As exemplified by the well-publicized cases of Thomas Butler, David Kelly, and Steven J. Hatfill, the fallout from the War on Terror has been particularly hazardous for scientists. Donald A. Henderson, who was inaugural director of the US Office of Public Health Preparedness, which coordinates the national response to public health emergencies, has accused the FBI of losing "all perspective" and of being "out of control" in the Butler and Hatfill investigations.1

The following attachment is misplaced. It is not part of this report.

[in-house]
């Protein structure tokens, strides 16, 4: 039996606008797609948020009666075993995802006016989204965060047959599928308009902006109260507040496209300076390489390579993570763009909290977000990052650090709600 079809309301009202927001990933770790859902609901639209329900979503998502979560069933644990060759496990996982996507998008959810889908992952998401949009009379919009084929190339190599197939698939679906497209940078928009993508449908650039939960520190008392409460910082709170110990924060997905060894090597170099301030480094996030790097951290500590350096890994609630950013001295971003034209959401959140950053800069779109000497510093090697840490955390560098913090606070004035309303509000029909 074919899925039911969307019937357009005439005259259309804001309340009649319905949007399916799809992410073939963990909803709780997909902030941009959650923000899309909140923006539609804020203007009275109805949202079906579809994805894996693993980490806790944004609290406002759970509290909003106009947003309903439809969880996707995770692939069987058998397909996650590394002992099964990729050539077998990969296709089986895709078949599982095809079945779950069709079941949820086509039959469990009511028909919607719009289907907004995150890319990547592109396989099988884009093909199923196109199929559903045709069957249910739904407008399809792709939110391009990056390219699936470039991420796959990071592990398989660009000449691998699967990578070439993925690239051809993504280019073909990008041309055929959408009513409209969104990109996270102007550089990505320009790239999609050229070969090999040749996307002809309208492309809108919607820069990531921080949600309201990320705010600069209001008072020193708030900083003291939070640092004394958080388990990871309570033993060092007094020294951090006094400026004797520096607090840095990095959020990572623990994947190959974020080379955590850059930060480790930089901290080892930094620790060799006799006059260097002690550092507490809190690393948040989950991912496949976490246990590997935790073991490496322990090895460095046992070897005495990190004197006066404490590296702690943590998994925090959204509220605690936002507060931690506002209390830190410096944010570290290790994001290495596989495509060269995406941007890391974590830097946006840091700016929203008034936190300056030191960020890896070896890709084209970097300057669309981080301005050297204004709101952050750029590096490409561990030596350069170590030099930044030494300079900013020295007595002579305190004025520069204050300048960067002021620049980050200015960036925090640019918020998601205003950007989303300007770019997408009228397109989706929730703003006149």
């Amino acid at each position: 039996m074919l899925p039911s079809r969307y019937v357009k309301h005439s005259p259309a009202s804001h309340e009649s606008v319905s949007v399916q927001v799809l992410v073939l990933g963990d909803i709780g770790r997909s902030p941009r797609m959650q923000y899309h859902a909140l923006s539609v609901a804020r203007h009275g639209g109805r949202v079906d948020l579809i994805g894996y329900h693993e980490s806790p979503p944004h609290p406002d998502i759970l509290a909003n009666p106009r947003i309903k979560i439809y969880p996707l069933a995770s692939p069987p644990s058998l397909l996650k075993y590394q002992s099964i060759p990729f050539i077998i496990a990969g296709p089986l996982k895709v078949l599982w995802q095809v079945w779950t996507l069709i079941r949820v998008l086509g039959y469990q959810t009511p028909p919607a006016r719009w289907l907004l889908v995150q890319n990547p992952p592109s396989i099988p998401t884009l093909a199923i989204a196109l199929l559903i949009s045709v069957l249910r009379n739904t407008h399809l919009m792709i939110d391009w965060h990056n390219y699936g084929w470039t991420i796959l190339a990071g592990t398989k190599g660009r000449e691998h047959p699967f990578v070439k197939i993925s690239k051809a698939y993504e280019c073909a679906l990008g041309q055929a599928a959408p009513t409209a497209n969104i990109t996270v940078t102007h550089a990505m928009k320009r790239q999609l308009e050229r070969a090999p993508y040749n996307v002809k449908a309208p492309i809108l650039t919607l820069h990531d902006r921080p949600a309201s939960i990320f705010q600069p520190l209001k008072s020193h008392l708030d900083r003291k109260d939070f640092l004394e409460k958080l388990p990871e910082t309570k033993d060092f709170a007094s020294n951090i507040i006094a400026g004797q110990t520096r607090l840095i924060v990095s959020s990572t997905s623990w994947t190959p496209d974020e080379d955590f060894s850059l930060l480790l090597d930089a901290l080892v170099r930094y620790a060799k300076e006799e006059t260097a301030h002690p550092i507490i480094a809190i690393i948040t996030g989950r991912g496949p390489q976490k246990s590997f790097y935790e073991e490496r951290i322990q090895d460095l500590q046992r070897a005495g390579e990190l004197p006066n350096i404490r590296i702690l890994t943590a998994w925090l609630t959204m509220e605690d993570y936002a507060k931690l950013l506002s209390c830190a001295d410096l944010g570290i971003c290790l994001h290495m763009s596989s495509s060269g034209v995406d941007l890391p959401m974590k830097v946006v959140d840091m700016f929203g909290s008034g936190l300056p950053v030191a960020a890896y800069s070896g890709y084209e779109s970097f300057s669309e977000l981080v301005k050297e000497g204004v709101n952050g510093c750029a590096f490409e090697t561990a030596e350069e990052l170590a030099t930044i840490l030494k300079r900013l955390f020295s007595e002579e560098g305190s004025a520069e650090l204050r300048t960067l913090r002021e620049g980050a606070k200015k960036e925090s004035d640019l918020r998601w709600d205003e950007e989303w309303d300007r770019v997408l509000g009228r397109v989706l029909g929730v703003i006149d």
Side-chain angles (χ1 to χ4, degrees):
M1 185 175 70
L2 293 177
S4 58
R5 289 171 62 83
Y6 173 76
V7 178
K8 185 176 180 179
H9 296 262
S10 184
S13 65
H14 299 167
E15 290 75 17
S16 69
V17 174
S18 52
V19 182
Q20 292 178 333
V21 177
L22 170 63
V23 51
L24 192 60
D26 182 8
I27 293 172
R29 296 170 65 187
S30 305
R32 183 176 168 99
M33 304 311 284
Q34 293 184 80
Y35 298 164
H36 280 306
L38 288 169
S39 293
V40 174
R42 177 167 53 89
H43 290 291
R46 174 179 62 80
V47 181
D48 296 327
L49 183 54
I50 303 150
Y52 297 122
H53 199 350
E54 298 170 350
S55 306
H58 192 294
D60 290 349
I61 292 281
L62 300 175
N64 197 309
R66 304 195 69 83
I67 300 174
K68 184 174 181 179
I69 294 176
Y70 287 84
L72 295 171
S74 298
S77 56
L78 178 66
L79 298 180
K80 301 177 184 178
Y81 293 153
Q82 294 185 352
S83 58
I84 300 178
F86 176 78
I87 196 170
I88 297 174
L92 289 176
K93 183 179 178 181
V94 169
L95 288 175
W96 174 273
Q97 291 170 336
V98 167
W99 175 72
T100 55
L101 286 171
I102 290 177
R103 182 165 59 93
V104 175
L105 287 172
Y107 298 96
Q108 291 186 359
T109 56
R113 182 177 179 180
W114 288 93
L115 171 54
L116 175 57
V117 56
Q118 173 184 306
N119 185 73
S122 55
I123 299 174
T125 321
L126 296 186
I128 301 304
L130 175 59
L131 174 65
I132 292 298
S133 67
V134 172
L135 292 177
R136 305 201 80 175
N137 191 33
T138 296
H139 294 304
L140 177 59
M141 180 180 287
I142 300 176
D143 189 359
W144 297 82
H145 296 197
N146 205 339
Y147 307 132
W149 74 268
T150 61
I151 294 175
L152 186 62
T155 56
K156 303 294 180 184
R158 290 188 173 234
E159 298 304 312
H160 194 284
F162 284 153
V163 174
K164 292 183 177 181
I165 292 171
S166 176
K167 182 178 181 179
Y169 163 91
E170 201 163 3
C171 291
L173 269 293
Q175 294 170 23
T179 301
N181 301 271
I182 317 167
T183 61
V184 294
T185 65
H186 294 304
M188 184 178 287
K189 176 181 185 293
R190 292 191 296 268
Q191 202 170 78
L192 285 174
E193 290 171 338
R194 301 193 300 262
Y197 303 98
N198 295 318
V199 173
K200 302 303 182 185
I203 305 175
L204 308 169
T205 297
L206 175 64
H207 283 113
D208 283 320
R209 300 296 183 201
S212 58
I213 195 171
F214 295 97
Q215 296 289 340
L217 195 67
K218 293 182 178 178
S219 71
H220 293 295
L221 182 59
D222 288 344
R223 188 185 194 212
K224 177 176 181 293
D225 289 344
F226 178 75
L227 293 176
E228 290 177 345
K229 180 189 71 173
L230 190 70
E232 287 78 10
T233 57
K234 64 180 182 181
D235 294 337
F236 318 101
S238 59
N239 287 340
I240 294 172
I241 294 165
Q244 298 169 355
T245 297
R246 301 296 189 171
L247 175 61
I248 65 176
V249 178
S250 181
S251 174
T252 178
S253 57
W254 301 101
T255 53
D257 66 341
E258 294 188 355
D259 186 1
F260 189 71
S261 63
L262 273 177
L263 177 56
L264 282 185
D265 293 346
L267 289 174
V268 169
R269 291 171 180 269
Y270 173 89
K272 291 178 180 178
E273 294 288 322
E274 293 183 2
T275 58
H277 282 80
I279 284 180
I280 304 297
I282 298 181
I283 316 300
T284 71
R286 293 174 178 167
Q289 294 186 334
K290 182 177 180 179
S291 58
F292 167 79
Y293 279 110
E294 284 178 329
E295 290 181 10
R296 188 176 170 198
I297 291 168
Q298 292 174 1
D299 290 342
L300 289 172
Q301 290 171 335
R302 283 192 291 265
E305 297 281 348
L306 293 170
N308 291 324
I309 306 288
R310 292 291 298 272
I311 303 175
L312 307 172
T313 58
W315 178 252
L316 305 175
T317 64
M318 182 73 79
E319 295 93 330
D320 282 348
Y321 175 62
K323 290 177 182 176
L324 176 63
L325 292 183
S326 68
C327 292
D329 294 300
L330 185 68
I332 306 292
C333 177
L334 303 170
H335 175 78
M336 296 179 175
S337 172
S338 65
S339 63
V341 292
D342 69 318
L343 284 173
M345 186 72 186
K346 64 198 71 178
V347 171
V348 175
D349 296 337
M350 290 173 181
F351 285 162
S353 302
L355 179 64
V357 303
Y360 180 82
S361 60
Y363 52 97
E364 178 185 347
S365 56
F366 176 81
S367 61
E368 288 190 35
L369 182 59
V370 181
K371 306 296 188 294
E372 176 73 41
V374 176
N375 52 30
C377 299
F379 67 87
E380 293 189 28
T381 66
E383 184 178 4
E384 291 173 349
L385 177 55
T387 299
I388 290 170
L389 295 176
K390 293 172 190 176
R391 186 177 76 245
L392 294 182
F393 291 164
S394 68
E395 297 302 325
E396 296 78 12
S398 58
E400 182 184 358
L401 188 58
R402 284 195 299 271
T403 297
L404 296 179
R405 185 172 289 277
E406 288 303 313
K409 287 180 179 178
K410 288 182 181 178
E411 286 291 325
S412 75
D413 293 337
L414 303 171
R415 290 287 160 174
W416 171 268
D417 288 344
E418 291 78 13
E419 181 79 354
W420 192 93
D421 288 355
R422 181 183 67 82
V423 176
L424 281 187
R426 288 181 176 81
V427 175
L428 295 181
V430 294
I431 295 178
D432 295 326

The dangers are summed up by the case of Butler, chief of the division of infectious diseases at Texas Tech University. Butler has been charged with transporting plague samples from Tanzania in violation of new rules on labeling, transportation and reporting of biohazards, and with lying about the fate of 30 vials of the samples. After claiming in January that the samples had been stolen, sparking an international bioterrorism scare, he signed a statement after intense grilling...

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